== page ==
Pyrography image of music fest snapped up by adoring fan
GLENN Wiremu Taipa started learning traditional wood carving in New Zealand 25 years ago.
His grandfather was a Maori master carver and Mr Taipa set out early to emulate the work of his ancestors.
When he came to Australia he decided to add a contemporary slant and start practicing pyrography.
Pyrography involves transferring a photo onto a block of wood with carbon paper and then burning the image onto the wood using a glowing red hot wire.
At the fourth Airlie Beach Festival of Music last weekend Mr Taipa made a pyrography image depicting acts at this year's festival - he has made an image every year since the festival's inaugural year in 2013.
He was very grateful to the festival's promoter Gavin 'Butto' Bultin who he credits with launching his career as a pyrography artist.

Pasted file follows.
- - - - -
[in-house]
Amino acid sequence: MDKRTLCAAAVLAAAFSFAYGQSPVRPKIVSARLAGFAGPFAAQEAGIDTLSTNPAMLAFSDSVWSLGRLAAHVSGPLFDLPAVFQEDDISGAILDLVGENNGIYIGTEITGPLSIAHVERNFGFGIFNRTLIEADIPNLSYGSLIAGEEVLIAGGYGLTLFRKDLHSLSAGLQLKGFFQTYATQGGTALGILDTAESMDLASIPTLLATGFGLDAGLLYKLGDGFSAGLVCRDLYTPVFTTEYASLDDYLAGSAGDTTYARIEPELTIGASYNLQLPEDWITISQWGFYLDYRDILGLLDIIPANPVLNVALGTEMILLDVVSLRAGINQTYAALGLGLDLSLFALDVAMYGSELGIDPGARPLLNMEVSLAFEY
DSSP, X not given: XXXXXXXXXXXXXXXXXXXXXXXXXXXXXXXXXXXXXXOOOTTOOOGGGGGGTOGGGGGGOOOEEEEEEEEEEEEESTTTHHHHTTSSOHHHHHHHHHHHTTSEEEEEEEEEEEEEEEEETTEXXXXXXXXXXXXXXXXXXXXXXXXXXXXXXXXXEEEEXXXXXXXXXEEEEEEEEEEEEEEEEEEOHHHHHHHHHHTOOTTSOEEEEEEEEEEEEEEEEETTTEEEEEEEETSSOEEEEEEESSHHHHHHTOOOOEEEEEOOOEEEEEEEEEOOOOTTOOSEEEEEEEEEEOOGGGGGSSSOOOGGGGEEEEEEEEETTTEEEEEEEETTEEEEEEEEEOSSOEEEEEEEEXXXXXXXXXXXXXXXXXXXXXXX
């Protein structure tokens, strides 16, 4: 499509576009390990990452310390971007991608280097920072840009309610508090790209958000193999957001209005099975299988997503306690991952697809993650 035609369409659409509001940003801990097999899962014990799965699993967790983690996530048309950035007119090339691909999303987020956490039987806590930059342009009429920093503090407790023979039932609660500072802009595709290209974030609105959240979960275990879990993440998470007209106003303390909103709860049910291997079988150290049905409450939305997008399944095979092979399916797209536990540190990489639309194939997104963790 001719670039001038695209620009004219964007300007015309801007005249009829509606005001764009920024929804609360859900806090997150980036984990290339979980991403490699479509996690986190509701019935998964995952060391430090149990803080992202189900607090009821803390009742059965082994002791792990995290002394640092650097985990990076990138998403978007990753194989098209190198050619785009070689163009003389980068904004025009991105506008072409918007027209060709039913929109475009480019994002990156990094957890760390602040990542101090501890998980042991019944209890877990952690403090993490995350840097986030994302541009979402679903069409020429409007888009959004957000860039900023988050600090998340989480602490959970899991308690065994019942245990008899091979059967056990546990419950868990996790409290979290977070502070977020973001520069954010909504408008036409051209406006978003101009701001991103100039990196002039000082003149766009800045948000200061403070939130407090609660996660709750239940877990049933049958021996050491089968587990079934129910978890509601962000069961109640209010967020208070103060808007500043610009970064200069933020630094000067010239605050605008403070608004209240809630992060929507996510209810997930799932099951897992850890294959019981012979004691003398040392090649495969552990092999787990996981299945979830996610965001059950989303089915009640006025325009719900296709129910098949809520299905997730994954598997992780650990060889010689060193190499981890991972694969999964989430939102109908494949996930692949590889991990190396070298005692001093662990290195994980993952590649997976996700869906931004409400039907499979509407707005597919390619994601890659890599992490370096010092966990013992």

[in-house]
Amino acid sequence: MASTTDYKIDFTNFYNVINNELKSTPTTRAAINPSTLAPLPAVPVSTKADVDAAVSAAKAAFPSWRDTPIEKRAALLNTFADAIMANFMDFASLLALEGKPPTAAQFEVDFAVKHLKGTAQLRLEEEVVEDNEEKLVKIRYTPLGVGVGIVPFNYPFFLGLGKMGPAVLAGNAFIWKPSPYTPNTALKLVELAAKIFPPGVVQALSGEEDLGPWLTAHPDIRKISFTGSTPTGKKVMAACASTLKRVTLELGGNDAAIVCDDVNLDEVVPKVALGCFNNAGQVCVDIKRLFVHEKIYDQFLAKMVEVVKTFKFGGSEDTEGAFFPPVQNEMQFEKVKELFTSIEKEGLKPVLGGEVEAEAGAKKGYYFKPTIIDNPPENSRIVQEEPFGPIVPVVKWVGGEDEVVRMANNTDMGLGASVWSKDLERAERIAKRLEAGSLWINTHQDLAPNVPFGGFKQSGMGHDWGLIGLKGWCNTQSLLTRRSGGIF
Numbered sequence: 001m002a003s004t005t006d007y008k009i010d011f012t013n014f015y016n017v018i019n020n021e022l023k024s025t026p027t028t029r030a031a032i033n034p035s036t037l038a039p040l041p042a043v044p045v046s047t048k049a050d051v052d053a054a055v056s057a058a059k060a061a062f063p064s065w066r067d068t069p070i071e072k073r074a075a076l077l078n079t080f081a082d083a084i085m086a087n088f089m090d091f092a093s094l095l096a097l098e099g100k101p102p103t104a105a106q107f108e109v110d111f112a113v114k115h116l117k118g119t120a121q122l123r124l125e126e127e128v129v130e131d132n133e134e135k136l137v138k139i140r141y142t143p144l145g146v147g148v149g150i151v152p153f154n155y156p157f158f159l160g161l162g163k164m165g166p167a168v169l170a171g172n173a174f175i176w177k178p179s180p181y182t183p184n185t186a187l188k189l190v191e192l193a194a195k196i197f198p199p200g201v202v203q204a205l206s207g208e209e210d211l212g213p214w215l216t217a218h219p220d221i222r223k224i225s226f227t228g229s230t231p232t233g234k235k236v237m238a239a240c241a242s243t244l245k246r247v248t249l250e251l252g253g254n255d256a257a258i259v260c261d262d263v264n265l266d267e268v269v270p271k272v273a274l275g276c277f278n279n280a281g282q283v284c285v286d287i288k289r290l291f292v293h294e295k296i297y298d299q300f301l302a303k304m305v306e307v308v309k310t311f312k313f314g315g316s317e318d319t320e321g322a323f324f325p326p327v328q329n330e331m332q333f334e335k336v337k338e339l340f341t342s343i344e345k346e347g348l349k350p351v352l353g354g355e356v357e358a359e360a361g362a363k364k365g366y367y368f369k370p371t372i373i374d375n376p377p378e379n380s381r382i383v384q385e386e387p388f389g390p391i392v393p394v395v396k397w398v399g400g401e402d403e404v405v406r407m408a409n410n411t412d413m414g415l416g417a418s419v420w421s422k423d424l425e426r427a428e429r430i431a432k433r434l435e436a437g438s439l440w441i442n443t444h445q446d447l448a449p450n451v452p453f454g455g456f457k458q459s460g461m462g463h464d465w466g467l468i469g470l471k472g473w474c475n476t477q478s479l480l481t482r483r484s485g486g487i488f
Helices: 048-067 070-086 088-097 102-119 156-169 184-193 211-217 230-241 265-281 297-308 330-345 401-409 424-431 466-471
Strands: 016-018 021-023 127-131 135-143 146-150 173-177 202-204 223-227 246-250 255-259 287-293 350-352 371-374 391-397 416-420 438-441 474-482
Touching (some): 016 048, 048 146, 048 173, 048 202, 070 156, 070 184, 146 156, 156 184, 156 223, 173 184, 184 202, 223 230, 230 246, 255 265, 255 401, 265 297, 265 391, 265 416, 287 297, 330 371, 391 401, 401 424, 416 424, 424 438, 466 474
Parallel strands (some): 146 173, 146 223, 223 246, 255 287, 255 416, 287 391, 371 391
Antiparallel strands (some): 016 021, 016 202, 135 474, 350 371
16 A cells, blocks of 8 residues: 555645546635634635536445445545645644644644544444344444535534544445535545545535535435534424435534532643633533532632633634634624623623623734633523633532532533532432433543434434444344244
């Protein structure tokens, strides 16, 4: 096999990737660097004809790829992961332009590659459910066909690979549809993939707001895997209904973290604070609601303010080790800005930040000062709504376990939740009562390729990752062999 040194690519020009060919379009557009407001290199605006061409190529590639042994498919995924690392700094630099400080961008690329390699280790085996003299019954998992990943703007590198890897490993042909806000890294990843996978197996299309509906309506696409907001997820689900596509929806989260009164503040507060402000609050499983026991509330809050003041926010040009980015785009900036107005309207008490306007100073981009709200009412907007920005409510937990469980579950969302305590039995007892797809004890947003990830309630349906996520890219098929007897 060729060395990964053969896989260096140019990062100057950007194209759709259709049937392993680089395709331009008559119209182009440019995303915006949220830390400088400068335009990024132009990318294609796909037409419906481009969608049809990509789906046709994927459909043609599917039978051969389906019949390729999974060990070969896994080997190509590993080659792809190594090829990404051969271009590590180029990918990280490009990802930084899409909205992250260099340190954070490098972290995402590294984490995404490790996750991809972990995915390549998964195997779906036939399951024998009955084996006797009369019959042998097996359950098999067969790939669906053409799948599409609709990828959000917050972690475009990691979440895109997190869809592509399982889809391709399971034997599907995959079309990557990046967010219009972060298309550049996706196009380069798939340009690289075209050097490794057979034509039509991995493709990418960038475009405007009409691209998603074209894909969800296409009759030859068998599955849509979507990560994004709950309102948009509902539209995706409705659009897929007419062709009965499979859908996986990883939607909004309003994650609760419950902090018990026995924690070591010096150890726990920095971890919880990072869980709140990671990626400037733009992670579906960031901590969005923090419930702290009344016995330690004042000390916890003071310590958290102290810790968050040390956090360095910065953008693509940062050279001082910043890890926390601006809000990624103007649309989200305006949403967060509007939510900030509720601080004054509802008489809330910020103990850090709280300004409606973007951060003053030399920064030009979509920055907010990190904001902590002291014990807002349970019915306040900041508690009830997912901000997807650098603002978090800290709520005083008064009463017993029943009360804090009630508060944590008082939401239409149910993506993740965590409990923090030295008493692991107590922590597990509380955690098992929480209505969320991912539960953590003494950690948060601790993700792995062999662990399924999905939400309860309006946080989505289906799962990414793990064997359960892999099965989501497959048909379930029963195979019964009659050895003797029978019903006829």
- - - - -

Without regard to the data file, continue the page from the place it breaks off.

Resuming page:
"I would like to tank 'Butto' for giving me the opportunity, he is one of my best mates and without him I would never had the chance to start my career," he said.
Every year at the festival Mr Taipa sells his pyrography to Brisbane resident Scott Littler.
Mr Taipa said it "felt good" to know someone admires his work enough to return to the festival each year to buy the art.
He told the Whitsunday Times Mr Littler is running out of room in his house and was thinking about hanging the works back to back when he finishes building the deck at the back of his house.
Mr Littler said the works were a great keep sake of the festival.
"I have them displayed on the wall and they are a great memory of the festival," he said.
"Obviously he is really talented and I love the work but it's nice to look back and remember the bands that played that year."
"There is 10CC and the Screaming Jets and many other classic Australian bands."
Mr Littler lives in Brisbane and visits the Whitsundays every year for the Airlie Beach Festival of Music and he has his tickets and accommodation booked for next year already.